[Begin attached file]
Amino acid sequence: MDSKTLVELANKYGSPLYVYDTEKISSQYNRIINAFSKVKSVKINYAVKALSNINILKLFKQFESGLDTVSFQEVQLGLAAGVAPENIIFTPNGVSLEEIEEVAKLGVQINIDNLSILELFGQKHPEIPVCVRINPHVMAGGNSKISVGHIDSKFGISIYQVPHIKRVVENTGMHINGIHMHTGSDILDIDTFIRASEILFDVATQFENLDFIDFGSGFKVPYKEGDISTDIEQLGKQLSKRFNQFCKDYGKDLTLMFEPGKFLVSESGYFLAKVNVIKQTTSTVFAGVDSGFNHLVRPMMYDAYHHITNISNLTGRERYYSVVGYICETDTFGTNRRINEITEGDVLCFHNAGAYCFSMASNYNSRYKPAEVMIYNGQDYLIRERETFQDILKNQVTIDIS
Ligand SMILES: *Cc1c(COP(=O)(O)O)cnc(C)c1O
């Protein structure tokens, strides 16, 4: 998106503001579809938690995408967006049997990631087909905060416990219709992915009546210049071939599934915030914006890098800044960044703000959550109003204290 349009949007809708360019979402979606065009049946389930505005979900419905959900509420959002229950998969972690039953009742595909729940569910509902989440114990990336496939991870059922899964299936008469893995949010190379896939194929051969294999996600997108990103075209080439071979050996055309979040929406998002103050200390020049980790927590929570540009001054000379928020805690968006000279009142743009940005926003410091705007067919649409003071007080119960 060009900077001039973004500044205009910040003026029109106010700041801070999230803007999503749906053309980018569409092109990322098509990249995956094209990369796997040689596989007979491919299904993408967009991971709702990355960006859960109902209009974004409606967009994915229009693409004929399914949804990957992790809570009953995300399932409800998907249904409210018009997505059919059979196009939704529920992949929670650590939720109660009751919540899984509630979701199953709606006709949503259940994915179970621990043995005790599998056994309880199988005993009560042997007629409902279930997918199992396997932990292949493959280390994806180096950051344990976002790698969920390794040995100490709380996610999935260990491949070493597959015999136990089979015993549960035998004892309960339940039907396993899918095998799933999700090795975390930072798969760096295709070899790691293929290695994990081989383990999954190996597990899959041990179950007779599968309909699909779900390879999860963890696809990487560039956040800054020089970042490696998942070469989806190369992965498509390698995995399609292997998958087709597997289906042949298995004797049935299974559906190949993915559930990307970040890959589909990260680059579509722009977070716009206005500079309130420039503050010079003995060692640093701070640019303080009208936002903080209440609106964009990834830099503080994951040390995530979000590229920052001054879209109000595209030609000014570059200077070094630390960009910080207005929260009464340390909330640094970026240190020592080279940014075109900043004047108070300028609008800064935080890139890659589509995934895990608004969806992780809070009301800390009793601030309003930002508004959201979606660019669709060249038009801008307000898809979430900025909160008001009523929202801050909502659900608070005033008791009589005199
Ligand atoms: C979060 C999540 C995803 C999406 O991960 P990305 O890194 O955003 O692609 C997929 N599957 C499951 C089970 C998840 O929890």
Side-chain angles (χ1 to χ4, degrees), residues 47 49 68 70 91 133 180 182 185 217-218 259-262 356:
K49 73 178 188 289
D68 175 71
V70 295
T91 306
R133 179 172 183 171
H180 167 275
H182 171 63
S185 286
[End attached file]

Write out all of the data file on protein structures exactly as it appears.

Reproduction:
Amino acid sequence: MDSKTLVELANKYGSPLYVYDTEKISSQYNRIINAFSKVKSVKINYAVKALSNINILKLFKQFESGLDTVSFQEVQLGLAAGVAPENIIFTPNGVSLEEIEEVAKLGVQINIDNLSILELFGQKHPEIPVCVRINPHVMAGGNSKISVGHIDSKFGISIYQVPHIKRVVENTGMHINGIHMHTGSDILDIDTFIRASEILFDVATQFENLDFIDFGSGFKVPYKEGDISTDIEQLGKQLSKRFNQFCKDYGKDLTLMFEPGKFLVSESGYFLAKVNVIKQTTSTVFAGVDSGFNHLVRPMMYDAYHHITNISNLTGRERYYSVVGYICETDTFGTNRRINEITEGDVLCFHNAGAYCFSMASNYNSRYKPAEVMIYNGQDYLIRERETFQDILKNQVTIDIS
Ligand SMILES: *Cc1c(COP(=O)(O)O)cnc(C)c1O
């Protein structure tokens, strides 16, 4: 998106503001579809938690995408967006049997990631087909905060416990219709992915009546210049071939599934915030914006890098800044960044703000959550109003204290 349009949007809708360019979402979606065009049946389930505005979900419905959900509420959002229950998969972690039953009742595909729940569910509902989440114990990336496939991870059922899964299936008469893995949010190379896939194929051969294999996600997108990103075209080439071979050996055309979040929406998002103050200390020049980790927590929570540009001054000379928020805690968006000279009142743009940005926003410091705007067919649409003071007080119960 060009900077001039973004500044205009910040003026029109106010700041801070999230803007999503749906053309980018569409092109990322098509990249995956094209990369796997040689596989007979491919299904993408967009991971709702990355960006859960109902209009974004409606967009994915229009693409004929399914949804990957992790809570009953995300399932409800998907249904409210018009997505059919059979196009939704529920992949929670650590939720109660009751919540899984509630979701199953709606006709949503259940994915179970621990043995005790599998056994309880199988005993009560042997007629409902279930997918199992396997932990292949493959280390994806180096950051344990976002790698969920390794040995100490709380996610999935260990491949070493597959015999136990089979015993549960035998004892309960339940039907396993899918095998799933999700090795975390930072798969760096295709070899790691293929290695994990081989383990999954190996597990899959041990179950007779599968309909699909779900390879999860963890696809990487560039956040800054020089970042490696998942070469989806190369992965498509390698995995399609292997998958087709597997289906042949298995004797049935299974559906190949993915559930990307970040890959589909990260680059579509722009977070716009206005500079309130420039503050010079003995060692640093701070640019303080009208936002903080209440609106964009990834830099503080994951040390995530979000590229920052001054879209109000595209030609000014570059200077070094630390960009910080207005929260009464340390909330640094970026240190020592080279940014075109900043004047108070300028609008800064935080890139890659589509995934895990608004969806992780809070009301800390009793601030309003930002508004959201979606660019669709060249038009801008307000898809979430900025909160008001009523929202801050909502659900608070005033008791009589005199
Ligand atoms: C979060 C999540 C995803 C999406 O991960 P990305 O890194 O955003 O692609 C997929 N599957 C499951 C089970 C998840 O929890």
Side-chain angles (χ1 to χ4, degrees), residues 47 49 68 70 91 133 180 182 185 217-218 259-262 356:
K49 73 178 188 289
D68 175 71
V70 295
T91 306
R133 179 172 183 171
H180 167 275
H182 171 63
S185 286